Adam Scott won't be returning to the PGA Tour when it resumes in June because he is unsatisfied with the safety measures that have been put in place.
The world No 6 has revealed he will sit out the first six weeks of the Tour's resumption in his native Australia, before embarking on a possible marathon nine-week stint in the US thereafter.
It would mean going into the year's first major championship with just one tournament under his belt, but Scott isn't prepared to take any risks, even though he admitted the PGA Tour's safety precautions seem "fairly thorough".
Measures that will be put in place as the tour returns from a three-month shutdown due to the coronavirus pandemic include frequent coronavirus testing for players, caddies and support personnel; using chartered flights for events; restricting movement of players during events; and holding tournaments without spectators.
"They are being fairly thorough, but my initial reaction was I was surprised it wasn't tighter than it is," Scott told AAP.
"What concerns me is dialogue that (the Tour) is hopeful of returning one or two-hour test (results). You'd want that in place before competing.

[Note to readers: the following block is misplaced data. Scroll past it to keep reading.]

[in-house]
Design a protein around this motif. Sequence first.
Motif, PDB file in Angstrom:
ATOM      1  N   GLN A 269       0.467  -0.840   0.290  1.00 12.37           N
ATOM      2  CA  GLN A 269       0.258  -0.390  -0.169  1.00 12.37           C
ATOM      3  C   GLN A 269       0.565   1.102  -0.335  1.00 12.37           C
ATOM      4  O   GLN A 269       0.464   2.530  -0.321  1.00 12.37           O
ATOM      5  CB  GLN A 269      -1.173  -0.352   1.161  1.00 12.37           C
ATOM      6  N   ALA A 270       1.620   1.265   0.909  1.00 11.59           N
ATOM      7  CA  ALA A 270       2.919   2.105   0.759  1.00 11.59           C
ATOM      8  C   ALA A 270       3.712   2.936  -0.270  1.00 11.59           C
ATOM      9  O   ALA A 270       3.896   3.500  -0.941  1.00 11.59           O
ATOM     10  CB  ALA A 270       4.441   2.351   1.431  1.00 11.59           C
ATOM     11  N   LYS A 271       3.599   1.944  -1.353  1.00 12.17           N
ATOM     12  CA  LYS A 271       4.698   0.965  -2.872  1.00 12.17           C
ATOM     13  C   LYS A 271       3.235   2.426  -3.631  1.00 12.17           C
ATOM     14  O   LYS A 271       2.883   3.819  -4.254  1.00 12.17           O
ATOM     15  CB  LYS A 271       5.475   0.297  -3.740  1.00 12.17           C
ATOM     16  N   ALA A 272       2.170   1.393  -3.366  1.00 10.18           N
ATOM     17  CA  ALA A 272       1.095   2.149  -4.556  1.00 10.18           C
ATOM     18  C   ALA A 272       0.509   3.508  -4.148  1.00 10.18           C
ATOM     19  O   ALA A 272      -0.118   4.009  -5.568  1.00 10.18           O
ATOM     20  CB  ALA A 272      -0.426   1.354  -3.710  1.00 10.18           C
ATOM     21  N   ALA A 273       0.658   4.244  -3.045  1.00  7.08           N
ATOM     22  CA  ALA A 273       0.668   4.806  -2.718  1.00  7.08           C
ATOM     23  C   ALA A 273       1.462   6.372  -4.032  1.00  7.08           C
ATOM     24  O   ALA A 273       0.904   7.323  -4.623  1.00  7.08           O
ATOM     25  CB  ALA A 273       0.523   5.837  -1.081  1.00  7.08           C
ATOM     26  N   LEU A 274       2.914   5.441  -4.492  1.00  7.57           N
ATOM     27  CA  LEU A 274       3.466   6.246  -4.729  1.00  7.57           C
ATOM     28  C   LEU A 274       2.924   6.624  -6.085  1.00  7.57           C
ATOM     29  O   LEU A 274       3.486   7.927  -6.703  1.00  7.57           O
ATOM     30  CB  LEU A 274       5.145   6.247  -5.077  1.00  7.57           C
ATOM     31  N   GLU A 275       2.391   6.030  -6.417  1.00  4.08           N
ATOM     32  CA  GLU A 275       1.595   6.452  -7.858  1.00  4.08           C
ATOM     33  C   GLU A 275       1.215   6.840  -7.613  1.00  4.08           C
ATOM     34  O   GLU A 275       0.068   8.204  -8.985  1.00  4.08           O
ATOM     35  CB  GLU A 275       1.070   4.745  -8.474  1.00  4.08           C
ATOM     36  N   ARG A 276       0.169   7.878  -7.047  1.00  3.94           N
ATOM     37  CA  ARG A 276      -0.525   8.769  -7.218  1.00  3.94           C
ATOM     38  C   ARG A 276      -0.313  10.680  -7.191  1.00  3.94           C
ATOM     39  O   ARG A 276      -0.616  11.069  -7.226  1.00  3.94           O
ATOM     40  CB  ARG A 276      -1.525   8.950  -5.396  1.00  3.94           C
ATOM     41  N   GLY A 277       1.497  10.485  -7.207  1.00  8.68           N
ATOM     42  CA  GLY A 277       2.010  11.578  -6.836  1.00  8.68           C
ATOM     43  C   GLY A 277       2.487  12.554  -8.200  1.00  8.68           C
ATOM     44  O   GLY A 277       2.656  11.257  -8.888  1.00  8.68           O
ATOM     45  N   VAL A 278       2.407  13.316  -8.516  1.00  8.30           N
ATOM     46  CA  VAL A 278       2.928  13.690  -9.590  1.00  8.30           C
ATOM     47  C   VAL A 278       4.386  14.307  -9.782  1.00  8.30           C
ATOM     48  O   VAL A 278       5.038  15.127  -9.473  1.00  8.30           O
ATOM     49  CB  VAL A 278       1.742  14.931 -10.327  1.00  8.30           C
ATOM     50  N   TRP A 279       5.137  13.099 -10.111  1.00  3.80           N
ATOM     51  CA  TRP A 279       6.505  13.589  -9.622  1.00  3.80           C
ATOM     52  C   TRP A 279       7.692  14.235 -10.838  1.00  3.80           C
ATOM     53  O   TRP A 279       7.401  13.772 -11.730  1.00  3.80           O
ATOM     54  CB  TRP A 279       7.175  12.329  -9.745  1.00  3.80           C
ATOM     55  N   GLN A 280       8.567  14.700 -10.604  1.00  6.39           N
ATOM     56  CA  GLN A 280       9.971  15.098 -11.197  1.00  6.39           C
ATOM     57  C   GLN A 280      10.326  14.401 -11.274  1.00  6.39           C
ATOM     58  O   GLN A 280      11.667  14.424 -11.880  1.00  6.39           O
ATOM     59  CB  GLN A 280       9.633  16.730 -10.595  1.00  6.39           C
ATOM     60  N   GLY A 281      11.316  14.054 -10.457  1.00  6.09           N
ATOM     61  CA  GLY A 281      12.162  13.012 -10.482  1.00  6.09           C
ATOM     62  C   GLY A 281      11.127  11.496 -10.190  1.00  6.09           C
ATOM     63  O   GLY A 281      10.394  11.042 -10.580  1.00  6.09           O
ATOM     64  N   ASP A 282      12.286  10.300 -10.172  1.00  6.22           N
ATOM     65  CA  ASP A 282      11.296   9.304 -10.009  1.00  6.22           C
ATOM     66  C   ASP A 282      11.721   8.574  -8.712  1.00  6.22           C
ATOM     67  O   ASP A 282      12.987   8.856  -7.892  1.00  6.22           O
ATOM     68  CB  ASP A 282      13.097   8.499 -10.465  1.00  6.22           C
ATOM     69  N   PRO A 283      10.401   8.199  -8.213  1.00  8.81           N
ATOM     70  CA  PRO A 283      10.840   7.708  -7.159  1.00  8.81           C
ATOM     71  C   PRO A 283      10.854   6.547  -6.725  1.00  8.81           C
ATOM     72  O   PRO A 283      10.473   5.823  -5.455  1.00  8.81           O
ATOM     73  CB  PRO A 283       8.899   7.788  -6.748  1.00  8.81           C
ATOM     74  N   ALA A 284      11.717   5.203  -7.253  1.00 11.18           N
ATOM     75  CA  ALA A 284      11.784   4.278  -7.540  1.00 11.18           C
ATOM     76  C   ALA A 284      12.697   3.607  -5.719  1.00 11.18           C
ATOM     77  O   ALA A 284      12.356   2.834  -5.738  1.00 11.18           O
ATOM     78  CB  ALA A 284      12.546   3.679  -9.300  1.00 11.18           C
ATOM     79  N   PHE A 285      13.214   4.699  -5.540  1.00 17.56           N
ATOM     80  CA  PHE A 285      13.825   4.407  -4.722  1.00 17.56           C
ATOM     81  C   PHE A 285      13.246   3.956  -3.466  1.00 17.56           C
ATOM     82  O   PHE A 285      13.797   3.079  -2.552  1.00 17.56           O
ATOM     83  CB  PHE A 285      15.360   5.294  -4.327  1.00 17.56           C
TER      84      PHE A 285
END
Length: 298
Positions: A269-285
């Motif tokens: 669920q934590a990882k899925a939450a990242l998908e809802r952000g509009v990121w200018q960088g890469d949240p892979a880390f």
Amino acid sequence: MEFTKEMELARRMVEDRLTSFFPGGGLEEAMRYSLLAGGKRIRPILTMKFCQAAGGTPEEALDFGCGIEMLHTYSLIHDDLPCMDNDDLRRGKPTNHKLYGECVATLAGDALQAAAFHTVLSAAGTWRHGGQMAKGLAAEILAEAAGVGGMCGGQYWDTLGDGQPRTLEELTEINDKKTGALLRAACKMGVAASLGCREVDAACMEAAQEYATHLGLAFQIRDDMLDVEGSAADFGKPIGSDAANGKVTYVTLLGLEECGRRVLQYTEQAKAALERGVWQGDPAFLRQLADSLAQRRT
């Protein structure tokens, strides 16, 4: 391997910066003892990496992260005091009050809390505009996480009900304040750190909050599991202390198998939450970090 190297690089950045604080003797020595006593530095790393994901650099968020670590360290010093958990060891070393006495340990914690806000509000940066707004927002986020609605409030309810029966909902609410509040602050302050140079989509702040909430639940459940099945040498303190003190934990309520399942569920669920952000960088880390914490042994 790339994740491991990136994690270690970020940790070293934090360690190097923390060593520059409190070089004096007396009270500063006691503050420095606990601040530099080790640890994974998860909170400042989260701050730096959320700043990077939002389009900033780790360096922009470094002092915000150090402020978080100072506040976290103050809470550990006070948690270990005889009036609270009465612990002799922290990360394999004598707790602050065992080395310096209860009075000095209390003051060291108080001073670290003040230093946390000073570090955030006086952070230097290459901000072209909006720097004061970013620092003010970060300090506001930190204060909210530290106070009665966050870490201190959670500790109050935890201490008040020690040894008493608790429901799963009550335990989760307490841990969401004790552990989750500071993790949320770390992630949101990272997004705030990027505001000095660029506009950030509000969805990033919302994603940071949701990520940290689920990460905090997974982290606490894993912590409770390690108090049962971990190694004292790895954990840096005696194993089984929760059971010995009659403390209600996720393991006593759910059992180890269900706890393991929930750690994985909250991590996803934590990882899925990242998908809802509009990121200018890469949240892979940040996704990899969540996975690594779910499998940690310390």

"The other (concern) is it seems an asymptomatic person could operate within a tournament.
"If they're not showing symptoms and I somehow picked it up inside the course and I'm disqualified I'm now self-isolating (in that city) for two weeks. I'd be annoyed if that happened.
"I thought you'd start quite tight and loosen those protocols to normal if appropriate."
Scott said he is eyeing the WGC-FedEx St Jude Invitational in Memphis, starting 30 July, as his return event.
That would mean playing only one warm-up event before the rescheduled PGA Championship in San Francisco in early August, which will be followed by the US Open in mid-September and the Masters in mid-November.
"I'm definitely going to sit out and see how the first few weeks of the PGA Tour pan out and if things are progressing well, playing Memphis the week before the PGA is a thought," Scott said.
"I would have to think about staying in the United States through the US Open (starting 17 September at New York's Winged Foot course).
"It's going to turn into like a nine-week trip to do that, maybe more."
Golf's unexpected shutdown in March hurt Scott more than most players. Victory at the Tiger Woods-hosted Genesis Invitational in Los Angeles in February saw the former Masters champion break a four-year winless streak, and left him very excited about the year ahead.
"I was pretty primed for a run into Augusta there; I was feeling pretty good so that was disappointing from a golf standpoint," Scott added.
"But I'm excited we're at least getting a chance to play the Masters this year."